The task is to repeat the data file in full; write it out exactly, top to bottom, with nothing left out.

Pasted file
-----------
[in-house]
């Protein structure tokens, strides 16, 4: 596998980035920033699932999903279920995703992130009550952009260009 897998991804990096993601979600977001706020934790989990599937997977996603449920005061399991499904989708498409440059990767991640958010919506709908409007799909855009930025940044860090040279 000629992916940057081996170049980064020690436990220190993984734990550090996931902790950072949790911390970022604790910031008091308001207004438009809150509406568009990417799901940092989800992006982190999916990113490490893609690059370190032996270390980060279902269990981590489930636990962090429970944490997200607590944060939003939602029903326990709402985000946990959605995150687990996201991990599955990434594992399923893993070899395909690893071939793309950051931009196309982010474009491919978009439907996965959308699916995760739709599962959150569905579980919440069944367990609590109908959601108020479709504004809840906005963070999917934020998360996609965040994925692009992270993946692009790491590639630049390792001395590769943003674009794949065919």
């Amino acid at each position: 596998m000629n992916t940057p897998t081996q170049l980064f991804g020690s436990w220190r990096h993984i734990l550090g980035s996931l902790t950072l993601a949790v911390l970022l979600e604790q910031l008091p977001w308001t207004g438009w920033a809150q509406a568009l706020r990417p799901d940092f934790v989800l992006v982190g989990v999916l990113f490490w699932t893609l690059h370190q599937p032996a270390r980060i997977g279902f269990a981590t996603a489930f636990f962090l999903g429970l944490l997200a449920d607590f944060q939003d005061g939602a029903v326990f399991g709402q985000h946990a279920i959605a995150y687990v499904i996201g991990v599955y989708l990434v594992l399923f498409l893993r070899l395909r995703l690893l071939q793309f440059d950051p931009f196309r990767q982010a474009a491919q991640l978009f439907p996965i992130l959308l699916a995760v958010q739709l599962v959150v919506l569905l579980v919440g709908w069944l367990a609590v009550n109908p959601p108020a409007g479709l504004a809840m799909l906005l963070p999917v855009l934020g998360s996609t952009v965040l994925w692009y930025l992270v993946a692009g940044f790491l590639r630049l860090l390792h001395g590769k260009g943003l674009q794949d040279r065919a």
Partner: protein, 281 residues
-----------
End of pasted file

[in-house]
């Protein structure tokens, strides 16, 4: 596998980035920033699932999903279920995703992130009550952009260009 897998991804990096993601979600977001706020934790989990599937997977996603449920005061399991499904989708498409440059990767991640958010919506709908409007799909855009930025940044860090040279 000629992916940057081996170049980064020690436990220190993984734990550090996931902790950072949790911390970022604790910031008091308001207004438009809150509406568009990417799901940092989800992006982190999916990113490490893609690059370190032996270390980060279902269990981590489930636990962090429970944490997200607590944060939003939602029903326990709402985000946990959605995150687990996201991990599955990434594992399923893993070899395909690893071939793309950051931009196309982010474009491919978009439907996965959308699916995760739709599962959150569905579980919440069944367990609590109908959601108020479709504004809840906005963070999917934020998360996609965040994925692009992270993946692009790491590639630049390792001395590769943003674009794949065919």
């Amino acid at each position: 596998m000629n992916t940057p897998t081996q170049l980064f991804g020690s436990w220190r990096h993984i734990l550090g980035s996931l902790t950072l993601a949790v911390l970022l979600e604790q910031l008091p977001w308001t207004g438009w920033a809150q509406a568009l706020r990417p799901d940092f934790v989800l992006v982190g989990v999916l990113f490490w699932t893609l690059h370190q599937p032996a270390r980060i997977g279902f269990a981590t996603a489930f636990f962090l999903g429970l944490l997200a449920d607590f944060q939003d005061g939602a029903v326990f399991g709402q985000h946990a279920i959605a995150y687990v499904i996201g991990v599955y989708l990434v594992l399923f498409l893993r070899l395909r995703l690893l071939q793309f440059d950051p931009f196309r990767q982010a474009a491919q991640l978009f439907p996965i992130l959308l699916a995760v958010q739709l599962v959150v919506l569905l579980v919440g709908w069944l367990a609590v009550n109908p959601p108020a409007g479709l504004a809840m799909l906005l963070p999917v855009l934020g998360s996609t952009v965040l994925w692009y930025l992270v993946a692009g940044f790491l590639r630049l860090l390792h001395g590769k260009g943003l674009q794949d040279r065919a």
Partner: protein, 281 residues